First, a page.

Whole Genome Resequencing

A primary use of NGS technology is resequencing human genomes. The ability of NGS to sequence the whole genome has allowed large-scale comparative studies to be performed to understand how genetic differences affect health and disease. BGI utilizes short-, paired-end reads, and different insert-sizes for re-sequencing to achieve the most comprehensive detection and analysis of genomic variations.


Genomic DNA are extracted from a sample and then randomly fragmented. Fragments of a desired length are gel-purified, and adapter ligation and DNA cluster preparation are performed and subjected to Illumina GA paired-end sequencing (see figure below). In addition to obtaining sequence information, this paired-end strategy allows the identification of large structural variations and reduces the influence of repeat sequences on the assembly process.

Paired-end sequencing


Comparison of different genome sequences allows the detection and annotation of genomic variations, including single nucleotide polymorphisms (SNPs), insertions and deletions (indels), and various structural variations (SVs). In addition, having a variety of resequenced genomes allows evolutionary analyses to be performed at the population level.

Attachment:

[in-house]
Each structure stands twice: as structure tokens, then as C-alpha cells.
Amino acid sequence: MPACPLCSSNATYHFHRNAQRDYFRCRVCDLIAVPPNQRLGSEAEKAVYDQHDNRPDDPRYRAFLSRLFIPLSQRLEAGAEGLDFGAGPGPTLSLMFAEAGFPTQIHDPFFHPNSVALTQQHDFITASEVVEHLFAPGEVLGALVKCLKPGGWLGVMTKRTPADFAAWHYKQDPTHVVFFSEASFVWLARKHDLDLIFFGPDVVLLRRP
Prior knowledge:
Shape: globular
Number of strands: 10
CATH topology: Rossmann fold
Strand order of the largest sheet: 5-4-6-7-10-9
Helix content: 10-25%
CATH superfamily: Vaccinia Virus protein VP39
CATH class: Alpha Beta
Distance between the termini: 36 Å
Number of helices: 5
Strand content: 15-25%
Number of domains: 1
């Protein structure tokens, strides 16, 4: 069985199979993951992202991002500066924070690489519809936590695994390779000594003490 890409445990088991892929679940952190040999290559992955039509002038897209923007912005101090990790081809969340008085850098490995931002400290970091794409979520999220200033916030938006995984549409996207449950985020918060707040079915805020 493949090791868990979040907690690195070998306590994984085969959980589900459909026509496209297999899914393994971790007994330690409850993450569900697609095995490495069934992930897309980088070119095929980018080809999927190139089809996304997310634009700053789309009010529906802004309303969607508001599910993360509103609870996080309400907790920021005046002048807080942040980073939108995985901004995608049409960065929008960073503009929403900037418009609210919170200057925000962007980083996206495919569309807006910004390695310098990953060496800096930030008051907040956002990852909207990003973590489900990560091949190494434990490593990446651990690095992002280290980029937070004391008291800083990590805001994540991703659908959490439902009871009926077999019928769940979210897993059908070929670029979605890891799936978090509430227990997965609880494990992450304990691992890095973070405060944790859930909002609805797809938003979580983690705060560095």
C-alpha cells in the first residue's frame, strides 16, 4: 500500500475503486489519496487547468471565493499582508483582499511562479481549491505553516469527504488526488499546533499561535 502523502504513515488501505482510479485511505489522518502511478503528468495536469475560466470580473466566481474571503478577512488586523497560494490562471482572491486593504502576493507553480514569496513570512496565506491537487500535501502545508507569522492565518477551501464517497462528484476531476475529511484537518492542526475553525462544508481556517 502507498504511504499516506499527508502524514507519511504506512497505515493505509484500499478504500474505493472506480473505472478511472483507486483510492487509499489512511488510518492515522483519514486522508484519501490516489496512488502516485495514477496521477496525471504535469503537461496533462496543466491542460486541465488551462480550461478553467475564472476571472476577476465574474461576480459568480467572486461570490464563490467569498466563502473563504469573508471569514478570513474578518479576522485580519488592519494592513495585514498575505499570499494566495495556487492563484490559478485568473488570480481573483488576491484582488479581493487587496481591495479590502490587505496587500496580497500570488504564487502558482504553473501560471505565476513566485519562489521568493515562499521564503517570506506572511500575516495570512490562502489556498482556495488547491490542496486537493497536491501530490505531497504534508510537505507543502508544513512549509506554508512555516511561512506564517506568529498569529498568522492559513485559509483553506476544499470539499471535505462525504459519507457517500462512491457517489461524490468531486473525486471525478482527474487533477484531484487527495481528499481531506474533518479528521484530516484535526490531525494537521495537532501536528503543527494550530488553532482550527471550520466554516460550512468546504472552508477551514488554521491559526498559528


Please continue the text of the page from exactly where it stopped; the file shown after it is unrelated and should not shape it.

Bioinformatics analysis in whole-genome re-sequencing

Data analysis includes:

  1. Basic bioinformatics analysis: includes a summary of data production and distribution of per-base sequencing depth and coverage.
  2. Assembly of consensus sequences: based on the alignment with a reference sequence, under a Bayesian model, the genotype with the highest probability at a locus can be identified for the individual sequencing sample.
  3. SNP detection and distribution: based on the consensus sequence, the polymorphic loci between the identified genotype and the reference can be filtered and a high fidelity SNP dataset generated. A summary of SNPs present in coding and untranslated regions will be provided to allow better assessment of which SNPs are likely to cause alterations in function. The SNPs can be further annotated given available gene annotation information. 
  4. Indel detection and distribution: after aligning the short reads of each individual with the reference genome, a comparison of the relationships between paired-end sequences allows detection of short indels.
  5. Structural variation detection and distribution: structural variations that can be detected include deletions, duplications, inversions, transposition events, and others. These can be further annotated given available gene annotation information.